Who Are the Recognition Leaders In Your Neighborhood?

Do any of you remember the Sesame Street TV show and the song People in Your Neighborhood? Perhaps I’m dating myself.

The lyrics of the song started with:

“Oh, who are the people in your neighborhood?… and concluded with…The people that you meet each day.”

Bob McGrath, one of the few human actors on the show among the many puppet characters, sang the song with one of the puppets and then they would identify the different people that helped make their Sesame Street neighborhood. Various puppets appeared representing the postman, firefighter, grocery store owner, barber, and doctor, etc.

Many times I am asked how to get senior leaders involved with recognizing and appreciating their employees. Or how to engage them in accessing their online recognition programs to acknowledge or nominate staff.

Sometimes I feel if the leaders don’t “get it” about the importance of recognizing employees, maybe those who manage recognition at the organization should let the natural consequences take their course.

The real recognition leaders in your organization are most often the people that you meet each day in your “neighborhood” at work.

Who Are the Recognition Leaders Where You Work?

They are often real people like you and me, who happen to value people and the difference they make. Each one you’ll find has a life purpose and they constantly seek meaning in the work they do every day.

Informal recognition leaders are naturally great acknowledgers of those around them. They are informal leaders in their own right. They value people.

They are known for their positive characteristics and work ethic. And their peers see them as people worth observing, paying attention to, and even following them. Their peers often receive positive feedback from them. 

You will find these informal leaders will influence recognition giving where they work. That is because they demonstrate respect for others and they earn the respect and trust of others. People feel important around them.

They don’t intentionally lead others but they naturally gain followers. This benefits the formal, titled leaders when both are on the same page. But it is not so helpful if a formal leader’s agenda and vision is not aligned with the informal leaders and their fellow employees.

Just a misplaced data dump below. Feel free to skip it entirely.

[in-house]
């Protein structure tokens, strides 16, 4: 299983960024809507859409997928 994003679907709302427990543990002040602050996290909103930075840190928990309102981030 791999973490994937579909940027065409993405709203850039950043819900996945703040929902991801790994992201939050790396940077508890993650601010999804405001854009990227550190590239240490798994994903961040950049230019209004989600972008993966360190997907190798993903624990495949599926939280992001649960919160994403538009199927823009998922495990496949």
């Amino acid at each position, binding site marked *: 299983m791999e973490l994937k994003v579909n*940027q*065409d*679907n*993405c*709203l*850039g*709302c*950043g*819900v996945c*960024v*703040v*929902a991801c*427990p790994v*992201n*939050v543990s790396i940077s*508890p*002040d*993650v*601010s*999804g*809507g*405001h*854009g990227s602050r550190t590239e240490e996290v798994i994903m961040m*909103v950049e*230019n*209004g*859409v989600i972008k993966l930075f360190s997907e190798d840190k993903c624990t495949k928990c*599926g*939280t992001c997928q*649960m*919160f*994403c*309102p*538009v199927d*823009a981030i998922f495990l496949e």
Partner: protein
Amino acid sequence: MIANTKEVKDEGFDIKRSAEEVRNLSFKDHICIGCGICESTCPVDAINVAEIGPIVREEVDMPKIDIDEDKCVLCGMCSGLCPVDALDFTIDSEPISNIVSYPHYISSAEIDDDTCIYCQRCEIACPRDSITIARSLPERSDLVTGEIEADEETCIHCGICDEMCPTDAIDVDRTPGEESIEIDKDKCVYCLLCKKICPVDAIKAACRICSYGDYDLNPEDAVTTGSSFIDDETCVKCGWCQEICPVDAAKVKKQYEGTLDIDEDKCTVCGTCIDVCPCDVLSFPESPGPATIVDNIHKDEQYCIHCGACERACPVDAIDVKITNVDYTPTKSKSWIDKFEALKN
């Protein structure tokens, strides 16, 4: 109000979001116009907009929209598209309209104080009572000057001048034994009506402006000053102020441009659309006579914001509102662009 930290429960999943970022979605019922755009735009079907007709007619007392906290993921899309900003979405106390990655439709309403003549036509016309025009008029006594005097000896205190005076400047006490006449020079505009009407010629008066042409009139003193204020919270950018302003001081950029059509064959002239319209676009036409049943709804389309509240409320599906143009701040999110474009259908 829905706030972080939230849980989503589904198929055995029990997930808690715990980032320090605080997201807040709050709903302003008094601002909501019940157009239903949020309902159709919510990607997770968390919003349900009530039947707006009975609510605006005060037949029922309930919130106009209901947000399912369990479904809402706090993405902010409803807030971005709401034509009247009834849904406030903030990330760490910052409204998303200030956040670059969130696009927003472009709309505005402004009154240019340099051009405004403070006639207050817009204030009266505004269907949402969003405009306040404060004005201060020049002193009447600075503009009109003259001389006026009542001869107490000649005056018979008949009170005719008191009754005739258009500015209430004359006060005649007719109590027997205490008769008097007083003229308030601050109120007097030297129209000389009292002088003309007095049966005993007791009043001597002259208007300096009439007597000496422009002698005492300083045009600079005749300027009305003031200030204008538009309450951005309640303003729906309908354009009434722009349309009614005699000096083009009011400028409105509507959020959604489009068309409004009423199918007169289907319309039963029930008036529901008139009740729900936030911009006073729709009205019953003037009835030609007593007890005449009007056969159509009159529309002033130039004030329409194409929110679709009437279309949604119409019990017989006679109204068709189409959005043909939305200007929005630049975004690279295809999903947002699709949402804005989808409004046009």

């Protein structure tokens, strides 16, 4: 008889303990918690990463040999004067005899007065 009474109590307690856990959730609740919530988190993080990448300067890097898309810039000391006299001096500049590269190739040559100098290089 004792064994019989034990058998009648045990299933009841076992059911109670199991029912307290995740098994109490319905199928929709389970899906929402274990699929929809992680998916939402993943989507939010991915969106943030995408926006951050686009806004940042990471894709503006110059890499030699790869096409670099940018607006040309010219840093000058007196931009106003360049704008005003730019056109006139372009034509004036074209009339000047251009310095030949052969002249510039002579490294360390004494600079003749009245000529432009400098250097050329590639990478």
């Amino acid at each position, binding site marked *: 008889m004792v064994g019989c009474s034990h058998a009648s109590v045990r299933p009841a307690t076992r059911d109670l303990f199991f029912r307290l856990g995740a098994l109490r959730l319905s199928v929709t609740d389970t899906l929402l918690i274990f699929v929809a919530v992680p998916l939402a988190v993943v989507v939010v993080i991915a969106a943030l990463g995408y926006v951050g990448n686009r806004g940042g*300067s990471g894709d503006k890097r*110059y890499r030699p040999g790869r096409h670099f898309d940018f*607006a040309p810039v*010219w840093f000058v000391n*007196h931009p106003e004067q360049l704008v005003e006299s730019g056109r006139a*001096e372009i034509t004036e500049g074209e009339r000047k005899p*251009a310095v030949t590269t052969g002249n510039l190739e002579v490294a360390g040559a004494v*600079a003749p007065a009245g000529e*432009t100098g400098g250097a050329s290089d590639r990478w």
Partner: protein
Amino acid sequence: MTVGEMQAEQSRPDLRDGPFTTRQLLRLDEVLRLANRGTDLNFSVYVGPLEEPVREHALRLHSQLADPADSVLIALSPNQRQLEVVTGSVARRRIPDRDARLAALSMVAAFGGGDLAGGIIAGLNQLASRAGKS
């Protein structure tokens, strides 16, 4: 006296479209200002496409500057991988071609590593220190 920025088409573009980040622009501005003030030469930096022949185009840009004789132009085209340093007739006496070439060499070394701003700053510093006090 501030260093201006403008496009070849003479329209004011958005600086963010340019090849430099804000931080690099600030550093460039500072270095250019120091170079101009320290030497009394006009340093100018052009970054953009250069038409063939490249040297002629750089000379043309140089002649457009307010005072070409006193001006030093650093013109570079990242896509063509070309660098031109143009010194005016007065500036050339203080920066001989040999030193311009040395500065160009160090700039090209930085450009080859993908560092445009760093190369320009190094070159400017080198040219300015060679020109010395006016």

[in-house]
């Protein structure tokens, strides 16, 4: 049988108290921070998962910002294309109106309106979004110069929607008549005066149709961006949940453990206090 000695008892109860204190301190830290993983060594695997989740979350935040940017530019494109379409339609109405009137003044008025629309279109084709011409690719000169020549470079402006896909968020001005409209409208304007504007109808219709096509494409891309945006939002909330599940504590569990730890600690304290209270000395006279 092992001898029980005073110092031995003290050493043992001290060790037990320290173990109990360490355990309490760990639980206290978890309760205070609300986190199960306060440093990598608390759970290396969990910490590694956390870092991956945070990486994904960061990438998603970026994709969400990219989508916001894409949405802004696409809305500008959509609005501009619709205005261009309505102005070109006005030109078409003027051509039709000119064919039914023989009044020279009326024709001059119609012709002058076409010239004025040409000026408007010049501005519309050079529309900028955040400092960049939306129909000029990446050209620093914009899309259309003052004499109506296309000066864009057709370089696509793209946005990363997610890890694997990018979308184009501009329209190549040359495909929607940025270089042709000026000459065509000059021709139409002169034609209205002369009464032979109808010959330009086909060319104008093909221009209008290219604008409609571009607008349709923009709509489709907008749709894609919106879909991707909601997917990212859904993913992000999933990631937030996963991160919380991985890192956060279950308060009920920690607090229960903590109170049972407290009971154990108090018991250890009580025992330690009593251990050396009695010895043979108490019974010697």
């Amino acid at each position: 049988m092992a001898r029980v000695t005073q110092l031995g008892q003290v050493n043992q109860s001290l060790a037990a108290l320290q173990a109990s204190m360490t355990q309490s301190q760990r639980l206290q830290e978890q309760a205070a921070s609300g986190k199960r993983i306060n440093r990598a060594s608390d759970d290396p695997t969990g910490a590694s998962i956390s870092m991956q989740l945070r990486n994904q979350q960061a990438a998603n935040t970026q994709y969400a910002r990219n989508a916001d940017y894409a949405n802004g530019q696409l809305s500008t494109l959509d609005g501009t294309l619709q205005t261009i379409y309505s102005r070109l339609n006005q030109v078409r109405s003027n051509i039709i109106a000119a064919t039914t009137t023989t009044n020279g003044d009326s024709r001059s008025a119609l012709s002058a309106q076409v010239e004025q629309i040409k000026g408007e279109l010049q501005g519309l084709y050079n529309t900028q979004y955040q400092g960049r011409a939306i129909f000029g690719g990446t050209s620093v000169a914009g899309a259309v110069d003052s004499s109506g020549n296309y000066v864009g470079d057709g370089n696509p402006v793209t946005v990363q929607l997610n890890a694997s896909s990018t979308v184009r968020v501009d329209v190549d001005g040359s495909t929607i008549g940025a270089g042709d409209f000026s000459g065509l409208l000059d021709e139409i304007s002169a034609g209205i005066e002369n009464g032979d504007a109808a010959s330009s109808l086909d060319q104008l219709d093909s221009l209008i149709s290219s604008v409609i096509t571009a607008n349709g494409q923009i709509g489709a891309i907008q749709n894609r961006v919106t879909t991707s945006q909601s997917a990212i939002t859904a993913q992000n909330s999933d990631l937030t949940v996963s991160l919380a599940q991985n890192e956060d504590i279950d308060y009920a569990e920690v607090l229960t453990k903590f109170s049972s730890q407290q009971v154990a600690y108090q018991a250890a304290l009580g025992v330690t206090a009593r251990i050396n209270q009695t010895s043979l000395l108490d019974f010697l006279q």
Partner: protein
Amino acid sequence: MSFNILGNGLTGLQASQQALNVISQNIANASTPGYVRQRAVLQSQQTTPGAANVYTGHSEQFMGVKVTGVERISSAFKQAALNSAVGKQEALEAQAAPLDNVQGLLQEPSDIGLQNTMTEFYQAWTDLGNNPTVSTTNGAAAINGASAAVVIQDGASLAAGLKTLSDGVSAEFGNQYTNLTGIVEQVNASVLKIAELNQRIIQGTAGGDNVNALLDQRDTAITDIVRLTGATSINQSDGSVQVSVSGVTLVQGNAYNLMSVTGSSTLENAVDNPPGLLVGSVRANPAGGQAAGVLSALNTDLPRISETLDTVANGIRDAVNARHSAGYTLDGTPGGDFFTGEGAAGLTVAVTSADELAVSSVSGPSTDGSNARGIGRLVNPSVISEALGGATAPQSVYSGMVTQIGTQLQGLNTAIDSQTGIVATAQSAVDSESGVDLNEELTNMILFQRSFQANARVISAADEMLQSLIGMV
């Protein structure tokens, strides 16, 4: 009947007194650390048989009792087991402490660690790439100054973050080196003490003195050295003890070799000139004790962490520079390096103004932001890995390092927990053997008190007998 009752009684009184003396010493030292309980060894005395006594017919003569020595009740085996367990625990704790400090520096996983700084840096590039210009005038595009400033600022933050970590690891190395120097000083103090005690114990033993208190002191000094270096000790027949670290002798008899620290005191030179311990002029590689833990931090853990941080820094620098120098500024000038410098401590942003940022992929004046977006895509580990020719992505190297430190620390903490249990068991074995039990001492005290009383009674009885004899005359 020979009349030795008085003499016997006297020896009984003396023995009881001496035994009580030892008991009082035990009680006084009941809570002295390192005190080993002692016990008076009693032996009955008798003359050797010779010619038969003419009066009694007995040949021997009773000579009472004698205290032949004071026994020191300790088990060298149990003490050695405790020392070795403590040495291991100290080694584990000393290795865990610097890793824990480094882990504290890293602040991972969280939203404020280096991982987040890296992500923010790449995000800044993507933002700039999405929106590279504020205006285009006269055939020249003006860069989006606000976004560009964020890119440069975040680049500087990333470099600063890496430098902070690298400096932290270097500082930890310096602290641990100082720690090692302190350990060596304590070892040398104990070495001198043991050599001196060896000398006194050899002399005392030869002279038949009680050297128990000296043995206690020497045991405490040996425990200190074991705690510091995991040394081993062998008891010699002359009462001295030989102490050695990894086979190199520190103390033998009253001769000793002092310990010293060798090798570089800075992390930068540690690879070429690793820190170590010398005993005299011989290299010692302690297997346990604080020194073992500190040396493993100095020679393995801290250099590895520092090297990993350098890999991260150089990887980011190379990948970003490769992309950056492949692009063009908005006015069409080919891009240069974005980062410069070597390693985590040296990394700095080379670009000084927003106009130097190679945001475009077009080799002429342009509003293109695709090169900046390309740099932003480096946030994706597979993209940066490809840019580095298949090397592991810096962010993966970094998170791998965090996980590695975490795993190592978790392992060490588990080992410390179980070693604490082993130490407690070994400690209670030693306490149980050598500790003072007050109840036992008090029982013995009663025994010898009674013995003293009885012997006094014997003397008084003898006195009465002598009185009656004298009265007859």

Start Identifying the Informal Recognition Leaders

Jasmine Gordon in a Forbes article suggests looking for informal leaders by seeking employees who are:

  • Charismatic natural motivators
  • Well-respected veterans of your organization
  • Highly social communicators
  • Enthusiastic users of new technologies and ideas

It makes sense that recognition leaders are naturally motivated and have charismatic personalities. Whether new or long-term employees they always give and receive respect. There is no doubt they are proficient and frequent online and face-to-face communicators. And yes, you’ll find they are avid users of your social recognition programs and other recognition programs that you have.

Dr. Steven Zemke and Diane Zemke, from Gonzaga University, identified the following attributes of informal leaders from the research literature, and categorized them as task or relational oriented, or both.

Their list includes:

  1. Exerts influence on group processes (task).
  2. Maintains goal focus for self and group (task).
  3. Creates a collaborative atmosphere (relational).
  4. Exhibits technical competence (task).
  5. Exhibits fairness, humility, and trust (relational).
  6. Uses creativity, reflection, and intuition (both).

With these attributes in mind you can be looking for individuals who initiate recognition giving and celebration activities, even on a small scale. They are committed to achieving success and carrying through with valuing people and their contributions. Informal leaders work together and don’t seek the glory of a task completed or being recognized for doing it. They are willing to learn how to use online recognition programs and are active users of the system. They are strong advocates for fairness and equity with rewards and recognition and will stand up to counter any inequity. You can rely on them to give good insights as to why recognition is working well or not where they work, and provide helpful solutions.

Work with Informal Recognition Leaders

The scientific research suggests informal leaders are stronger in task specific behaviors when working in teams than they are on relational issues. This is where you can assist them so they can learn how to identify team members who are better at relational activities.

  • Perhaps work with their manager in considering them as recognition ambassadors for their respective work areas. This might be the impetus you need to spark great recognition giving and program usage. 
  • You might develop a recognition steering committee and nominate their names for membership.
  • Ensure they are on periodic focus groups to identify strengths and weaknesses with current recognition practices and programs.
  • Enlist their services to help you when it comes to planning and setting up recognition and celebration events.
  • Consider training them to conduct mini-training sessions or lunch-and-learn presentations on how to give better recognition informally, or better participate in online recognition programs, or how to submit and online or paper-based award nomination.

While senior leader involvement is always the best in getting recognition moving, never neglect the grassroots up swell that can happen by drawing upon the informal recognition leaders in your work neighborhood.

Recognition Reflection: How does your organization use informal leaders to help promote and encourage more effective recognition giving?

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